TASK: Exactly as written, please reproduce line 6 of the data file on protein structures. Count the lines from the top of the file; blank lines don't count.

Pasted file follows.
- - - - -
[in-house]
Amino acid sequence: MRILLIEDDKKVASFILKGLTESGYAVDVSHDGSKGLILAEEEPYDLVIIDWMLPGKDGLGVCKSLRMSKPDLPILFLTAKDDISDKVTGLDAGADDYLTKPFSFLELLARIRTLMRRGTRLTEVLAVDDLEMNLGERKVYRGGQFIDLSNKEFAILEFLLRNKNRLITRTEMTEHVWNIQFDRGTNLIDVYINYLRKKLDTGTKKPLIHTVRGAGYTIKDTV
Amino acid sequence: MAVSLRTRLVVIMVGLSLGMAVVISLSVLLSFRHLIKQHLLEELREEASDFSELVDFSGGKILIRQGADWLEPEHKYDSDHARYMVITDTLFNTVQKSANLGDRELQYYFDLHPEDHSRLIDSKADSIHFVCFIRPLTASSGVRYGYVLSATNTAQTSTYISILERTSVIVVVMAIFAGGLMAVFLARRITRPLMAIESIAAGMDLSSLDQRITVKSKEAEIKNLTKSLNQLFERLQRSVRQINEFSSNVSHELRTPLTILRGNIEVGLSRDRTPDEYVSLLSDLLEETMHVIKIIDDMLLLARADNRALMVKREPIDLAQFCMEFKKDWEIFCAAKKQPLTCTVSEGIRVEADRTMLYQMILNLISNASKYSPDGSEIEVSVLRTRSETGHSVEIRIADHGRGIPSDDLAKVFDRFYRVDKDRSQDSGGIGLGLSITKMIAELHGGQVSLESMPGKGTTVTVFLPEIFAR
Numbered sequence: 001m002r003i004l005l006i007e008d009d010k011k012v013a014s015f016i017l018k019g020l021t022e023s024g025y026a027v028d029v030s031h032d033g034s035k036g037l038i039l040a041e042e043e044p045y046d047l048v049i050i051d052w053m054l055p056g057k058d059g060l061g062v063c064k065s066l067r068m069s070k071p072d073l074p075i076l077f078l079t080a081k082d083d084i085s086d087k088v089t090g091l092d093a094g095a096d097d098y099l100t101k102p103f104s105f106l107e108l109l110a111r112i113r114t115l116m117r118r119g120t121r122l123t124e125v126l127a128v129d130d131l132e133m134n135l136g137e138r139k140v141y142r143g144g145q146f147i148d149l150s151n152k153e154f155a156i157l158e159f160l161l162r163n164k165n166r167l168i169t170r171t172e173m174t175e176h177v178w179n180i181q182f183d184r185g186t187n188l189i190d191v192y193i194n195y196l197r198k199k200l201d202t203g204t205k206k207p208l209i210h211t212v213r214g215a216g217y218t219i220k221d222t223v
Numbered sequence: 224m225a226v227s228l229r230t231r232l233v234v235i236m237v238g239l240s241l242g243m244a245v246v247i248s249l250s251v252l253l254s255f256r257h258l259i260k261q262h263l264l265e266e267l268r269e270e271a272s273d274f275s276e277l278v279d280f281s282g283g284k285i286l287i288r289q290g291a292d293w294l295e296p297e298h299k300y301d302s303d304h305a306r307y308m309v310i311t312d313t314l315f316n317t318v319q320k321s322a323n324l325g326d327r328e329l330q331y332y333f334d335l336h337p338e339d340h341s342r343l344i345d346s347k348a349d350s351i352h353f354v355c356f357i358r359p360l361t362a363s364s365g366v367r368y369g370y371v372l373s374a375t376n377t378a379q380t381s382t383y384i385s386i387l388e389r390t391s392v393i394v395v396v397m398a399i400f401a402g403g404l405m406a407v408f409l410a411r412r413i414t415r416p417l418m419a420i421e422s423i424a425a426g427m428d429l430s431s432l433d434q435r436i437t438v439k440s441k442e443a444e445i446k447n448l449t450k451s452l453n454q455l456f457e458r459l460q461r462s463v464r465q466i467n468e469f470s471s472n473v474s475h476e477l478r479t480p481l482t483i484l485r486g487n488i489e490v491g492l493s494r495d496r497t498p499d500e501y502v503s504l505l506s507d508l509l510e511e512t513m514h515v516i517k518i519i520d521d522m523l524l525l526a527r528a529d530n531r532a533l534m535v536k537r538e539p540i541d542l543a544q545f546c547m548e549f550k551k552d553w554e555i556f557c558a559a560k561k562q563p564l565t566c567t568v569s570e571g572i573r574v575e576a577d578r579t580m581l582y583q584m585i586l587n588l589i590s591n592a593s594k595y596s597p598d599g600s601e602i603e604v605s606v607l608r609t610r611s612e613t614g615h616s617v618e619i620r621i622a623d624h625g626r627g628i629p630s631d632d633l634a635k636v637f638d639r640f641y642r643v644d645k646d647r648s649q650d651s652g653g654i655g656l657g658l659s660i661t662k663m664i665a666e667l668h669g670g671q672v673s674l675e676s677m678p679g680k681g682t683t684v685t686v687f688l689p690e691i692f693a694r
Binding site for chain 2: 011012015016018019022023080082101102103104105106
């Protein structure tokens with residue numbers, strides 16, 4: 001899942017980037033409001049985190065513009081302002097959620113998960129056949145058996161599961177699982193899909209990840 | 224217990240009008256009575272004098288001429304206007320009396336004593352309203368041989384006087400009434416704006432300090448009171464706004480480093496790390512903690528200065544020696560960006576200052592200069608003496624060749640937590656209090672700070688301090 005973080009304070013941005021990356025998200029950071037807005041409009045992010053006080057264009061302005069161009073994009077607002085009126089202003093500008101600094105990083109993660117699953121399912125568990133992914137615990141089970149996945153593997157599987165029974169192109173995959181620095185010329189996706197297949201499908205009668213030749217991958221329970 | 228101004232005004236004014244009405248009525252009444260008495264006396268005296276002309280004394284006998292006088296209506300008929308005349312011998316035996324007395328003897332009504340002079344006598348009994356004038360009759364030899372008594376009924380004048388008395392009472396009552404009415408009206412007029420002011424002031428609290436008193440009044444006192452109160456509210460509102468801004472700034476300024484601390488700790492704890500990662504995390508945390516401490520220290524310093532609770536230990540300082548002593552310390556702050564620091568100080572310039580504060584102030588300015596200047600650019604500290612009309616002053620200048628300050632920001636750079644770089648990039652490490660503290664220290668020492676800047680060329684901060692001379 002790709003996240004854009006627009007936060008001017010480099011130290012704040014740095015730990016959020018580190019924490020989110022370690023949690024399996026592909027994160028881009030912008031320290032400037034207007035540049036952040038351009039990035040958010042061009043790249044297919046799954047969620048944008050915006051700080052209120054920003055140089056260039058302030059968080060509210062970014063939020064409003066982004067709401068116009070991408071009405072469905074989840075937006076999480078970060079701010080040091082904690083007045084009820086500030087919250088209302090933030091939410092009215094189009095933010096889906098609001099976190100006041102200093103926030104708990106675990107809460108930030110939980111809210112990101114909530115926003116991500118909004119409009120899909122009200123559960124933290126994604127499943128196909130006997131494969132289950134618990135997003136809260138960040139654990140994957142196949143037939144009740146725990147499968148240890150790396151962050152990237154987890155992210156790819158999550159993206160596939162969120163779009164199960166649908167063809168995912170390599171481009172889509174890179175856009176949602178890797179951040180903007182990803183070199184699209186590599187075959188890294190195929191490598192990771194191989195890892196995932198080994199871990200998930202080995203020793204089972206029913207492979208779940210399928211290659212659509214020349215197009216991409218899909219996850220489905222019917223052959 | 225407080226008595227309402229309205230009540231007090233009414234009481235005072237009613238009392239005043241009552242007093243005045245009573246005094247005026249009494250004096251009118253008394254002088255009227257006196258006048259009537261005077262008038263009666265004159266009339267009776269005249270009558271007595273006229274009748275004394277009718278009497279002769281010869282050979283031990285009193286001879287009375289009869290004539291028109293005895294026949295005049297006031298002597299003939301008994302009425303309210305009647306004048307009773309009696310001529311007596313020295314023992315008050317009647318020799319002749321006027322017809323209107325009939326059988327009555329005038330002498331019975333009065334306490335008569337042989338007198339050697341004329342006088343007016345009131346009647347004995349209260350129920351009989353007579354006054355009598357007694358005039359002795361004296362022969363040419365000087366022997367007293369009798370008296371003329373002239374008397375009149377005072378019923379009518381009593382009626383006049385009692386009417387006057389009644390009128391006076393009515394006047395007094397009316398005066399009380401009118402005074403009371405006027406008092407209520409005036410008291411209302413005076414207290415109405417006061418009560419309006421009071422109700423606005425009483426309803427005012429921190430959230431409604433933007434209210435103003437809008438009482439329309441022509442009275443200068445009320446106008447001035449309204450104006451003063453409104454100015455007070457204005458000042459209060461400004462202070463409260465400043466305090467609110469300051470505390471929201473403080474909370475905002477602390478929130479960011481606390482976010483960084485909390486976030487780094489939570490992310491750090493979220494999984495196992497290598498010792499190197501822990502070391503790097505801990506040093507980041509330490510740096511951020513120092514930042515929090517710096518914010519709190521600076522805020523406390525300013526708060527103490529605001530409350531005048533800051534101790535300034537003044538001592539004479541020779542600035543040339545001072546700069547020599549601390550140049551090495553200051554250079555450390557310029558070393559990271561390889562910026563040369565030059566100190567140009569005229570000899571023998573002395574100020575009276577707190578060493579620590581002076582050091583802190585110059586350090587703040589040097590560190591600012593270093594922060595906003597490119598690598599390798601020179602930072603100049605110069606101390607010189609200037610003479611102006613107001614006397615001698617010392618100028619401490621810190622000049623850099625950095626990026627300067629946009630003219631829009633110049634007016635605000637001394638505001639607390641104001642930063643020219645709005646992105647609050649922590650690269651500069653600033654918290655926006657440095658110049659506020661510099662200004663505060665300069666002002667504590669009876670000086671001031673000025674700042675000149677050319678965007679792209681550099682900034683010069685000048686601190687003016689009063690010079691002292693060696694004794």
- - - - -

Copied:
Binding site for chain 2: 011012015016018019022023080082101102103104105106